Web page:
Business Wins Can Boost Patent Prospects
1 Comment · Posted by Bob Brill in Court of Appeals for the Federal Circuit (CAFC), nonobviousness, patent claims, patent enforcement, patent prosecution, patent validity, patents, prior art, utility patent
In Mintz v. Dietz & Watson, Inc. (Fed. Cir. May 30, 2012), the Federal Circuit found, inter alia, the district court had made a clear error in not considering or making any findings as to Mintz’s evidence showing objective indicia of nonobviousness for a patented invention whose claims were directed to a casing structure for meat products.
For emphasis, the Federal Circuit repeated previous recognition by itself and the Supreme Court, on the importance of objective indicia of nonobviousness. The decision-maker entrusted with review of this topic of nonobviousness may be:
- the patent examiner,
- the Board of Patent Appeals and Interferences (BPAI), or
- the judiciary
at different points in:
- prosecution of a patent application in the US Patent and Trademark Office (USPTO),
- appeal from patent prosecution,
- assertion of an issued patent, or
- appeal of a judicial determination in the court system.
Objective indicia may often be the most probative and cogent evidence of nonobviousness in the record. Indeed, objective indicia may be the most pertinent, probative, and revealing evidence available to the decision-maker in reaching a conclusion on the obviousness/nonobviousness issue. Such evidence may often establish that an invention appearing to have been obvious in light of the prior art, was not.
Check on Hindsight
Objective indicia can be the most probative evidence of nonobviousness in the record, and enable the decision-maker to avert the trap of hindsight. These objective criteria help inoculate the obviousness analysis against hindsight. The objective guideposts are powerful tools for decision-makers faced with the difficult task of avoiding subconscious reliance on hindsight. The objective indicia guard against slipping into use of hindsight, and resist the temptation to read into the prior art the teachings of the invention in issue.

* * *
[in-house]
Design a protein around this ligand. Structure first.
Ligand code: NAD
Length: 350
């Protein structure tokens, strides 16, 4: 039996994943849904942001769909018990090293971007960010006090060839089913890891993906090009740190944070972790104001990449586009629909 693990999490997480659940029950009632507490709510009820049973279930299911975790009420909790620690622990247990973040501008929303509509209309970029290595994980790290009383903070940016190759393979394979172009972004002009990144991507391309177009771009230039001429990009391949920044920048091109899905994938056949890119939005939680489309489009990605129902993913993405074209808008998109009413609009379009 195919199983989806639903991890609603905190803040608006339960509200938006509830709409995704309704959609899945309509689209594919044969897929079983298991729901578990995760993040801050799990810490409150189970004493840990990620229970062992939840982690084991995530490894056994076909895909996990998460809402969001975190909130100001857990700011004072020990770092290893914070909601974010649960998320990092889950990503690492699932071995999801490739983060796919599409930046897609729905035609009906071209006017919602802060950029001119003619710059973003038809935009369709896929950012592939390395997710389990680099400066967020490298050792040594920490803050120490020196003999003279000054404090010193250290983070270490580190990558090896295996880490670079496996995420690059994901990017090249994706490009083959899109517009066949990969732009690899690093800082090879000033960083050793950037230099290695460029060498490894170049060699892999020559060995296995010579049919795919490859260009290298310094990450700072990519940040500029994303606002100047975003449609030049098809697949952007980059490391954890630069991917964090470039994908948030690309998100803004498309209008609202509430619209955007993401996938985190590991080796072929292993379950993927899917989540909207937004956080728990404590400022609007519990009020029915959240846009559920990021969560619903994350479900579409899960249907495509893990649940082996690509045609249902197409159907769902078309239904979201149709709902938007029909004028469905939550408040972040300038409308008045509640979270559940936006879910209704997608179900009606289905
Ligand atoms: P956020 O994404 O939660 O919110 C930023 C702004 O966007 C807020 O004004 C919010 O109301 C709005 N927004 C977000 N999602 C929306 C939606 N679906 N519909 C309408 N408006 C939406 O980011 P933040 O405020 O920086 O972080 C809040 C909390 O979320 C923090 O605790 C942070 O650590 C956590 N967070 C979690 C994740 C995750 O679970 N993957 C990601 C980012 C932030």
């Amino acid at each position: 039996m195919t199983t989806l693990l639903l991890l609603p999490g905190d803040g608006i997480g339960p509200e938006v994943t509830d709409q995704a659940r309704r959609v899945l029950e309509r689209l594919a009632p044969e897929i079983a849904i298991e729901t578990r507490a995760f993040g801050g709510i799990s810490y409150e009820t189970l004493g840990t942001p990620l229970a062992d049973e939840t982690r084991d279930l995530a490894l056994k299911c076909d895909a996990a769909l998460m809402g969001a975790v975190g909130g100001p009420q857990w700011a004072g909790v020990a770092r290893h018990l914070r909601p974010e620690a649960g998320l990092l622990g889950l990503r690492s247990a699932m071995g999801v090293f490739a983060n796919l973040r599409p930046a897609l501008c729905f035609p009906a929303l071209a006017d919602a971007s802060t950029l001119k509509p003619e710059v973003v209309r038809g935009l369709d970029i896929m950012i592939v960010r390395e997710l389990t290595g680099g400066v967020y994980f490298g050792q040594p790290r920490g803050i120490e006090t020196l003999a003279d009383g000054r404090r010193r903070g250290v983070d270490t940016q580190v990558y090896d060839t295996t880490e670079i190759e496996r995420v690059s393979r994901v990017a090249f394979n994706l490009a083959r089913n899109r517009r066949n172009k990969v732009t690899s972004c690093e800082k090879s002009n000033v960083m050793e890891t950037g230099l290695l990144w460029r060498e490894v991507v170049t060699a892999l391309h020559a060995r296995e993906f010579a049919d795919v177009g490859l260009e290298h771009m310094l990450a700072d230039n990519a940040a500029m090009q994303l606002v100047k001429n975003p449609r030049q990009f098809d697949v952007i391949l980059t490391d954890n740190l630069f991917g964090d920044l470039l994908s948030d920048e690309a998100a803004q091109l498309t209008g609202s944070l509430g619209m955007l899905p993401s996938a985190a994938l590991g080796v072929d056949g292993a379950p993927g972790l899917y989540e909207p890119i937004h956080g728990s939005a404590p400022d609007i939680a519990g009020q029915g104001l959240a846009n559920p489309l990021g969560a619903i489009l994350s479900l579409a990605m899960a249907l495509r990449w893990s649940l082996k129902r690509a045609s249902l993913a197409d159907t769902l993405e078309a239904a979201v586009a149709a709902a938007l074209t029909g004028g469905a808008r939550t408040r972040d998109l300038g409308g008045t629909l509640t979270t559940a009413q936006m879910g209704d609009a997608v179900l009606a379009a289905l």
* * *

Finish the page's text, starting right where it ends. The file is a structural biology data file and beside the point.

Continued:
This built-in protection can help place a scientific advance in the proper temporal and technical perspective when tested years later for obviousness, against charges of making only a minor incremental improvement. That which may be made clear and thus obvious to a decision-maker, with the invention fully diagrammed and aided by experts in the field, may have been a breakthrough of substantial dimension when first unveiled. These objective criteria thus help turn back the clock and place the claims in the context that led to their invention.
Technical advance, like much of human endeavor, often occurs through incremental steps toward greater goals. These marginal advances in retrospect may seem deceptively simple, particularly when retracing the path already blazed by the inventor. For these reasons, the Federal Circuit requires consideration of the objective indicia because they provide objective evidence of how the implementation of the patented invention was viewed in the marketplace, by directly interested third parties.
The objective considerations reflect the contemporary view of the invention by competitors and the marketplace. Evidence of the contemporaneous attitude toward the invention helps to cast one’s mind back to the state of technology at the time the invention was made. A retrospective view of the invention is best gleaned from those who were there at the time. Obviousness requires a decision-maker to avoid hindsight by walking a tightrope blindfolded: an enterprise best pursued with the safety net of objective evidence.
Mintz presented considerable record evidence on objective indicia, including unexpected results, expert skepticism, copying, commercial success, praise by others (even from the accused infringer), failure by others, and long-felt need.
District Court Error